The Camaro is such a disappointment, looks wise, I was hoping for something more 2nd gen, but between it’s lack of headroom, ugly dash, and totally useless trunk (I use mine every day!), I’ll pass on it. A friend is buying one soon, so I can drive one when I want to. Same goes for the Mustang, the lack of trunk kills it for me. That, and well, it being a Ford..

  • avatar

    ” [The Handspring Visor Deluxe is also superior to the newest of iPhones. —Mark]”

    Is this supposed to be some kind of lame attempt at a joke? If so, I don’t get it. It would be nice to return to a time at TTAC when the so called managing editor wouldn’t pointlessly insert himself into every other car review.

  • avatar

    Typical gm dreck. Build a decent engine and a terrible car around it. I got tired of my gm cars having terrible ergonomics and completely falling apart. News flash gm. Its 2015, everyone has decent engines, transmissions, and suspensions. How about you compete by fixing the rest of the cars?

    • 0 avatar

      It’s now reflexive to assume China heavily influences GM’s production decisions but maybe there’s another country that might explain a design that perplexes us.

      Hmmm… where might one find a population with no necks?

  • avatar

    Just spent three days with a 2016 Mustang Eco Boost Premium rental in Charleston, SC. Great visibility all around, wonderful steering feel and ride quality was vastly improved over the 07 GT I used to own. Not crazy about the engine/exhaust sound but a very smooth and willing powertrain (automatic). Traffic in town was always stop and go but still averaged 20 mpg with 90% city driving. Trunk space was good for all of our luggage. Interior was comfortable and well laid out. The Camaro sounds like it must be much more difficult to live with in daily use.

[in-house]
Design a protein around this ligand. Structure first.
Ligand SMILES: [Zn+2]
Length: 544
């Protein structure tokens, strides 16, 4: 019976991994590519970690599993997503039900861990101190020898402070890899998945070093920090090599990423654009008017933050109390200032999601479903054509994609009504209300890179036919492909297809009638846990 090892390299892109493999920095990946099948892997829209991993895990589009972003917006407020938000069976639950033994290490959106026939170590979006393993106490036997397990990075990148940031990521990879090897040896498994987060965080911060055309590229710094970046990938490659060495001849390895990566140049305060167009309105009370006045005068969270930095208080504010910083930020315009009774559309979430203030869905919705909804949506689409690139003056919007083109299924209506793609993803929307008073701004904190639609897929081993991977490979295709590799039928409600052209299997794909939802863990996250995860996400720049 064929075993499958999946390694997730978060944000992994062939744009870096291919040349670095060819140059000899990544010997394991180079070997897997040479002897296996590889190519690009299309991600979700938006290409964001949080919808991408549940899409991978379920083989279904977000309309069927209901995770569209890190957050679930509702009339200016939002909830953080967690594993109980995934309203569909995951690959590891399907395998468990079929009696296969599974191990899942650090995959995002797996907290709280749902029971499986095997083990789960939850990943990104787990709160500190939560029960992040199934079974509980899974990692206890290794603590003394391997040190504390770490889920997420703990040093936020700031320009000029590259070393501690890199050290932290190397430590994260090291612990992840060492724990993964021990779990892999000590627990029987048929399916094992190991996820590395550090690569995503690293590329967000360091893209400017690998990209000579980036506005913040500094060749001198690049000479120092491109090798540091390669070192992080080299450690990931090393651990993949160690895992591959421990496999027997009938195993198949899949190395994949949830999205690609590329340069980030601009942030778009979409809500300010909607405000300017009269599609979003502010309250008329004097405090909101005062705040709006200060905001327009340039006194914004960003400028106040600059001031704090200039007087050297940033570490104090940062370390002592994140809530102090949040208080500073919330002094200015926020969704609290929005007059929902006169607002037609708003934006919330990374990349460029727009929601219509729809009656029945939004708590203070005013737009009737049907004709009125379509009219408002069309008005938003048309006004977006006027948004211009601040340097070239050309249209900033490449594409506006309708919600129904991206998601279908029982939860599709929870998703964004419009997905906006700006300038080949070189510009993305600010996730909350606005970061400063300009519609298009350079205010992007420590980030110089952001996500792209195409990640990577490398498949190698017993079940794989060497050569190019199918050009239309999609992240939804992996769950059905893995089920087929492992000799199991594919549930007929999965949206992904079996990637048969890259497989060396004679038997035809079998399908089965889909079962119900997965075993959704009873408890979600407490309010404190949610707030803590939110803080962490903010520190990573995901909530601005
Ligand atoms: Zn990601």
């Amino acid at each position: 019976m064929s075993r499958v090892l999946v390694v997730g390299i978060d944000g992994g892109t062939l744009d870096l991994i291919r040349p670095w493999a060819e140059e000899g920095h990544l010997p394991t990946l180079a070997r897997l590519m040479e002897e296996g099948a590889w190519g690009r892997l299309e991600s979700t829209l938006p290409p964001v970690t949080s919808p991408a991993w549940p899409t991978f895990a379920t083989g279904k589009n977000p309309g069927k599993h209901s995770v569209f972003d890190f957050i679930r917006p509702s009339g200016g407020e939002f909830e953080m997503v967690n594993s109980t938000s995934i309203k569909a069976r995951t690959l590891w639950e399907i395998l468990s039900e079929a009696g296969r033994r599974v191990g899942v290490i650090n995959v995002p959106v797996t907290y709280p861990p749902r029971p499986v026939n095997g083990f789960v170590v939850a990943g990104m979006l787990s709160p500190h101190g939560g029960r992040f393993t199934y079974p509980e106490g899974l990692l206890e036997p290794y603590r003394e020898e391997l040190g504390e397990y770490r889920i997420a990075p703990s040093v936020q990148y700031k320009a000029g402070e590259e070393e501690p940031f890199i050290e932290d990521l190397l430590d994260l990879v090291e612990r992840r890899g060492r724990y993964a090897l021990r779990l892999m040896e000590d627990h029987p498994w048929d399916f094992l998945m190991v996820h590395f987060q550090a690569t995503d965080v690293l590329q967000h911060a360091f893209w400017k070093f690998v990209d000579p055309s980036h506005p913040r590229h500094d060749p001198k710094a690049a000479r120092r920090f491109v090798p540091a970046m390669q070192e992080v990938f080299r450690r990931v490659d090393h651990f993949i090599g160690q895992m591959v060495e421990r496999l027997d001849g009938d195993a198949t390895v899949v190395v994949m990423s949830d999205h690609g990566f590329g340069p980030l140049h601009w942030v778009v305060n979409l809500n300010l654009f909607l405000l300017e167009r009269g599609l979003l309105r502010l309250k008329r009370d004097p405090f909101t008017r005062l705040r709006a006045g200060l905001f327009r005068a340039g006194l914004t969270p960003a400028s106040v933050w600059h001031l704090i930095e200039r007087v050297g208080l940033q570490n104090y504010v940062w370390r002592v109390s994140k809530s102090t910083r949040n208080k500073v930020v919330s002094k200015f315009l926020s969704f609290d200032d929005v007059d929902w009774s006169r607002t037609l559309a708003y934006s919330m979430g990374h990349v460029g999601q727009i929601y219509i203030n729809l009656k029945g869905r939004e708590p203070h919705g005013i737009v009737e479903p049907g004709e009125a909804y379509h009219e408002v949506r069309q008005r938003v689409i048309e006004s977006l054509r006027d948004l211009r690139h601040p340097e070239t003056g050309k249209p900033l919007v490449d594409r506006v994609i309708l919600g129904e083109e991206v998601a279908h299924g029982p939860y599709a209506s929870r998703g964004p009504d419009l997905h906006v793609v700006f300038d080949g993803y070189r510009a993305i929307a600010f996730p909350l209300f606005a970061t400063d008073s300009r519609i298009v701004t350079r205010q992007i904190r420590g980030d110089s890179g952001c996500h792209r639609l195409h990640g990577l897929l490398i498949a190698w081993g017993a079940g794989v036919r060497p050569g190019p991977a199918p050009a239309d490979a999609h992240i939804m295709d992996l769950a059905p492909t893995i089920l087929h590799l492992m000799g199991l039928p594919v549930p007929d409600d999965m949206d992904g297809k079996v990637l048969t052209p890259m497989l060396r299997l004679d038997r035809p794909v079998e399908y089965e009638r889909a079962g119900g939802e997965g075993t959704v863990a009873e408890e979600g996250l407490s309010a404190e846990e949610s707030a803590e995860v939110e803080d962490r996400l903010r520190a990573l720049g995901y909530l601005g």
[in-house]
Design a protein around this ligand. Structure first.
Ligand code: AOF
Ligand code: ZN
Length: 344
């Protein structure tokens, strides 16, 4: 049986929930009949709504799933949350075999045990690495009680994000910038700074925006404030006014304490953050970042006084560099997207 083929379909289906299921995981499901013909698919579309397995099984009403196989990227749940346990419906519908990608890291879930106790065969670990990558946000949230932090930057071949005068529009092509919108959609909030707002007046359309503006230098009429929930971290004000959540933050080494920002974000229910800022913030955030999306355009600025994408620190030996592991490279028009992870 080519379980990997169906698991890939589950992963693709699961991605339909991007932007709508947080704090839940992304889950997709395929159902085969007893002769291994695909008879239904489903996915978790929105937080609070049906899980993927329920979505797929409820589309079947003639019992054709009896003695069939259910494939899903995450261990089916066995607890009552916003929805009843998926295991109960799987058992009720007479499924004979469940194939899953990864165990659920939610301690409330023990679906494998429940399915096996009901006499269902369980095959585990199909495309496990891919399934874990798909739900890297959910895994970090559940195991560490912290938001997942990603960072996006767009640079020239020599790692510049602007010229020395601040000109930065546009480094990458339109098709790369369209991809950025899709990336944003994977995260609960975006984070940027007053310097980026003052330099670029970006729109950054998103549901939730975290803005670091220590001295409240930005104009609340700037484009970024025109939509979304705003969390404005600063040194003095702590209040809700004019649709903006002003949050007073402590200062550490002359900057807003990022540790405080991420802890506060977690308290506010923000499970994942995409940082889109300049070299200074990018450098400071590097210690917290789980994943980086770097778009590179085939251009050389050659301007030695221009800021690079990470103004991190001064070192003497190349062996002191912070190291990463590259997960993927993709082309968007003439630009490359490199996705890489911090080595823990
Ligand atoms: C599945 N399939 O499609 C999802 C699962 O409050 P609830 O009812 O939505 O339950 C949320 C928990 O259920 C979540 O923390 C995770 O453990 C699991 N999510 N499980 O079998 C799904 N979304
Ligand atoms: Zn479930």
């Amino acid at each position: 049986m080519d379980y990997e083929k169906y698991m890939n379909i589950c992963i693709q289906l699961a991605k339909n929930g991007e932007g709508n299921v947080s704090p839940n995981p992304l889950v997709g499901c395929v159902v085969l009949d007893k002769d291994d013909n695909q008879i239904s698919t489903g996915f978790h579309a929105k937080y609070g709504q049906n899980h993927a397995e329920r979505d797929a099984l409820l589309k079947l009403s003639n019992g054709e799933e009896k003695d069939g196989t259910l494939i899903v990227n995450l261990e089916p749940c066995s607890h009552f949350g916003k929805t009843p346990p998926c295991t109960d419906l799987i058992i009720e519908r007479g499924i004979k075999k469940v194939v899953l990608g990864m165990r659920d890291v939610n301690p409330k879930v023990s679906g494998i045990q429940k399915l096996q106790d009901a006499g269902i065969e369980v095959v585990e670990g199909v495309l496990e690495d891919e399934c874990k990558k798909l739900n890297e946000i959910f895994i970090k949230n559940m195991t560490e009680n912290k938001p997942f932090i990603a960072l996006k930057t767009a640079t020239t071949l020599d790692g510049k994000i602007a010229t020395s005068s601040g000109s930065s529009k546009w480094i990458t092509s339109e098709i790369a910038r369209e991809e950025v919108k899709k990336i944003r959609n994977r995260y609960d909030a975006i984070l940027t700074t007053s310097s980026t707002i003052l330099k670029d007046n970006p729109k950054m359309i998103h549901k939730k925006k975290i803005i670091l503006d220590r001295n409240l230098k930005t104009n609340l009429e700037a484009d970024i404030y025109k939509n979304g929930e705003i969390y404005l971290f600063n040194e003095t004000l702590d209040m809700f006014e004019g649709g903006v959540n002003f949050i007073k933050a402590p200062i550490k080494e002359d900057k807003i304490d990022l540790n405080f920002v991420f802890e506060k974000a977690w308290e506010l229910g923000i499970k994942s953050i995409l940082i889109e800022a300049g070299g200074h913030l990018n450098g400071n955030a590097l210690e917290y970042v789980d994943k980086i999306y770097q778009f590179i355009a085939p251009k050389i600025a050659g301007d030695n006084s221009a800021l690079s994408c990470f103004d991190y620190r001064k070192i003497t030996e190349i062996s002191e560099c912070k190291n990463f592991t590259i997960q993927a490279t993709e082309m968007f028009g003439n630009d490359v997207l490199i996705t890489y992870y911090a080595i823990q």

• avatar

    A gorgeous car. The front end looks great-a huge improvement. The article was well-written. I enjoyed it.

  • avatar
    Chets Jalopy

    I guess hanging your elbow out an open window is not a thing anymore. With sills that high, it’s got to be an uncomfortable and awkward experience, like many new cars.

    • 0 avatar

      Also consider the ubiquity of air conditioning, the increased distance between the driver’s seat and the outside of the door, and the difficulty in cleaning certain seat or other interior materials (I can’t vouch for how difficult it actually is or isn’t; my car’s interior is either plastic or leather with a sort-of vinyl quality to it).

    • 0 avatar

      Your screen name just gave me flashbacks to being 12, and reading Hardy Boys!

  • avatar
    Edsel Maserati

    The outward visibility issue is major. To my thinking it should be the opening comment in any review. Can you actually see OUT of the damned thing.

    It’s not just the Camaro. Plenty of vehicles (SUVs especially) need onboard cameras and sensors to let you know what you’re about to hit. It’s keeping the body shops busy, I can tell you. Anyone’s who shelled out a grand to replaced a cracked bumper knows.